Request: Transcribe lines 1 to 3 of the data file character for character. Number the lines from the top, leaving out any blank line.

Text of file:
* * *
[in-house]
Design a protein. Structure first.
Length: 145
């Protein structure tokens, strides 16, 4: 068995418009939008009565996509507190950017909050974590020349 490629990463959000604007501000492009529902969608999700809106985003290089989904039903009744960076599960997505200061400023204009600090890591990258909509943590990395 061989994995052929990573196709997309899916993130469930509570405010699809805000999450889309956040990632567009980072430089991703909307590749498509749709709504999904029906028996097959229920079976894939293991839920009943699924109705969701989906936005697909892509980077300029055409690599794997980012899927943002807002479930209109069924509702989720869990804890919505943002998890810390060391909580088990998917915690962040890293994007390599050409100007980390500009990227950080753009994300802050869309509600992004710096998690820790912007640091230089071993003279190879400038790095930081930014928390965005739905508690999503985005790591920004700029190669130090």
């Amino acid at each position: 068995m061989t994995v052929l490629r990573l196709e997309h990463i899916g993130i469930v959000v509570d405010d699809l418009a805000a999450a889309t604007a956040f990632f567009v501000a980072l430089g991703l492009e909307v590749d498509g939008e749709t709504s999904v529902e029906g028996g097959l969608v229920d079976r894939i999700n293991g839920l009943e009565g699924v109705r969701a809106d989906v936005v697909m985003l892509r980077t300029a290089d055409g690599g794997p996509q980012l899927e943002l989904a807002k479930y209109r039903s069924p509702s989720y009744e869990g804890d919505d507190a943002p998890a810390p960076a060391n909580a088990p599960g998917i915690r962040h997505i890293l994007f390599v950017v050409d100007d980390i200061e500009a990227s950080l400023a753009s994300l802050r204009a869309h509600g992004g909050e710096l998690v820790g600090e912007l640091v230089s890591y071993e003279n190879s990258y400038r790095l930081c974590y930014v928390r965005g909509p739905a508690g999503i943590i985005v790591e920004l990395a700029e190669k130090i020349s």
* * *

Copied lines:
[in-house]
Design a protein. Structure first.
Length: 145